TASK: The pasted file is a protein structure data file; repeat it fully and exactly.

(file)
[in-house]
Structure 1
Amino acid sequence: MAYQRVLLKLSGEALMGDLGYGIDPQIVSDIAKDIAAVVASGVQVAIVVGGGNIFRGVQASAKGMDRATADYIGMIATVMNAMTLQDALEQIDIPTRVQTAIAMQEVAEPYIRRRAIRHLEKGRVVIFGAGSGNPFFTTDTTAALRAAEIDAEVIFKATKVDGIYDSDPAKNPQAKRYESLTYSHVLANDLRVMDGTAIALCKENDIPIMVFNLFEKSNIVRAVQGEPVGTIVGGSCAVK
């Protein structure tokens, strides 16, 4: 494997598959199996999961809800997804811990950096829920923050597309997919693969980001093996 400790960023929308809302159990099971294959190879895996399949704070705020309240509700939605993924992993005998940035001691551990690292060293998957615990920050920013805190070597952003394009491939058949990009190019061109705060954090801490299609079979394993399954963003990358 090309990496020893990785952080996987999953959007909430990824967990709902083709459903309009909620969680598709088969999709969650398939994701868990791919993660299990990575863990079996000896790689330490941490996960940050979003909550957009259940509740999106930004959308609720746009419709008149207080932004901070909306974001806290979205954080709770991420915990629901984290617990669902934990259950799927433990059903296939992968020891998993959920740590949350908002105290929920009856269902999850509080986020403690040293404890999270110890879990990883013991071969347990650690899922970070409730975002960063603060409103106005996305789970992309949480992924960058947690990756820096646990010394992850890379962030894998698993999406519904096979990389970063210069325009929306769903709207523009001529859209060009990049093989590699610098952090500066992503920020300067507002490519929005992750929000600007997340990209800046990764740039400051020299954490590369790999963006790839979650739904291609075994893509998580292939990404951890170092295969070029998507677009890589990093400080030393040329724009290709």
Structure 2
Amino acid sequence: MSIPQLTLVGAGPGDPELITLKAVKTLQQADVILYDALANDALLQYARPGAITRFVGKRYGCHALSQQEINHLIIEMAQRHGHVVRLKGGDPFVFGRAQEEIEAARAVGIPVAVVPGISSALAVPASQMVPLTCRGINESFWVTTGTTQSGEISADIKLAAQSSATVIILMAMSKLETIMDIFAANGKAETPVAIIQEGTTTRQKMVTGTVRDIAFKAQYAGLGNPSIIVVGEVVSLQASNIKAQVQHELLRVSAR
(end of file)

[in-house]
Structure 1
Amino acid sequence: MAYQRVLLKLSGEALMGDLGYGIDPQIVSDIAKDIAAVVASGVQVAIVVGGGNIFRGVQASAKGMDRATADYIGMIATVMNAMTLQDALEQIDIPTRVQTAIAMQEVAEPYIRRRAIRHLEKGRVVIFGAGSGNPFFTTDTTAALRAAEIDAEVIFKATKVDGIYDSDPAKNPQAKRYESLTYSHVLANDLRVMDGTAIALCKENDIPIMVFNLFEKSNIVRAVQGEPVGTIVGGSCAVK
């Protein structure tokens, strides 16, 4: 494997598959199996999961809800997804811990950096829920923050597309997919693969980001093996 400790960023929308809302159990099971294959190879895996399949704070705020309240509700939605993924992993005998940035001691551990690292060293998957615990920050920013805190070597952003394009491939058949990009190019061109705060954090801490299609079979394993399954963003990358 090309990496020893990785952080996987999953959007909430990824967990709902083709459903309009909620969680598709088969999709969650398939994701868990791919993660299990990575863990079996000896790689330490941490996960940050979003909550957009259940509740999106930004959308609720746009419709008149207080932004901070909306974001806290979205954080709770991420915990629901984290617990669902934990259950799927433990059903296939992968020891998993959920740590949350908002105290929920009856269902999850509080986020403690040293404890999270110890879990990883013991071969347990650690899922970070409730975002960063603060409103106005996305789970992309949480992924960058947690990756820096646990010394992850890379962030894998698993999406519904096979990389970063210069325009929306769903709207523009001529859209060009990049093989590699610098952090500066992503920020300067507002490519929005992750929000600007997340990209800046990764740039400051020299954490590369790999963006790839979650739904291609075994893509998580292939990404951890170092295969070029998507677009890589990093400080030393040329724009290709």
Structure 2
Amino acid sequence: MSIPQLTLVGAGPGDPELITLKAVKTLQQADVILYDALANDALLQYARPGAITRFVGKRYGCHALSQQEINHLIIEMAQRHGHVVRLKGGDPFVFGRAQEEIEAARAVGIPVAVVPGISSALAVPASQMVPLTCRGINESFWVTTGTTQSGEISADIKLAAQSSATVIILMAMSKLETIMDIFAANGKAETPVAIIQEGTTTRQKMVTGTVRDIAFKAQYAGLGNPSIIVVGEVVSLQASNIKAQVQHELLRVSAR